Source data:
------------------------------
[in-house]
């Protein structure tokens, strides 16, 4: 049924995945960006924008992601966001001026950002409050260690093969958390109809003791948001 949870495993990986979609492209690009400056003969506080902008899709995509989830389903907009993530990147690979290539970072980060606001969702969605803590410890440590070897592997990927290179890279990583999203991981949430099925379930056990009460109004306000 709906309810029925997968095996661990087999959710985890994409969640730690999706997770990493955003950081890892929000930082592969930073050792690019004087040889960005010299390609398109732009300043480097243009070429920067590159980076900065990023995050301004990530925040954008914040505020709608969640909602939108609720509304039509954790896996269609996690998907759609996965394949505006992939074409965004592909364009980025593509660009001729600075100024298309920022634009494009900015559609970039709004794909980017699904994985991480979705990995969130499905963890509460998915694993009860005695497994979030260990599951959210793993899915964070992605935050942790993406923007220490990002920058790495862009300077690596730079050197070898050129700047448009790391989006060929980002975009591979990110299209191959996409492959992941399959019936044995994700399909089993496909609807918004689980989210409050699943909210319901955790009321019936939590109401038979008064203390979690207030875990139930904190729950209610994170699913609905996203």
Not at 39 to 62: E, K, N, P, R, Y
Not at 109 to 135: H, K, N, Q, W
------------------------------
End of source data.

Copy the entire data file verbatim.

[in-house]
């Protein structure tokens, strides 16, 4: 049924995945960006924008992601966001001026950002409050260690093969958390109809003791948001 949870495993990986979609492209690009400056003969506080902008899709995509989830389903907009993530990147690979290539970072980060606001969702969605803590410890440590070897592997990927290179890279990583999203991981949430099925379930056990009460109004306000 709906309810029925997968095996661990087999959710985890994409969640730690999706997770990493955003950081890892929000930082592969930073050792690019004087040889960005010299390609398109732009300043480097243009070429920067590159980076900065990023995050301004990530925040954008914040505020709608969640909602939108609720509304039509954790896996269609996690998907759609996965394949505006992939074409965004592909364009980025593509660009001729600075100024298309920022634009494009900015559609970039709004794909980017699904994985991480979705990995969130499905963890509460998915694993009860005695497994979030260990599951959210793993899915964070992605935050942790993406923007220490990002920058790495862009300077690596730079050197070898050129700047448009790391989006060929980002975009591979990110299209191959996409492959992941399959019936044995994700399909089993496909609807918004689980989210409050699943909210319901955790009321019936939590109401038979008064203390979690207030875990139930904190729950209610994170699913609905996203």
Not at 39 to 62: E, K, N, P, R, Y
Not at 109 to 135: H, K, N, Q, W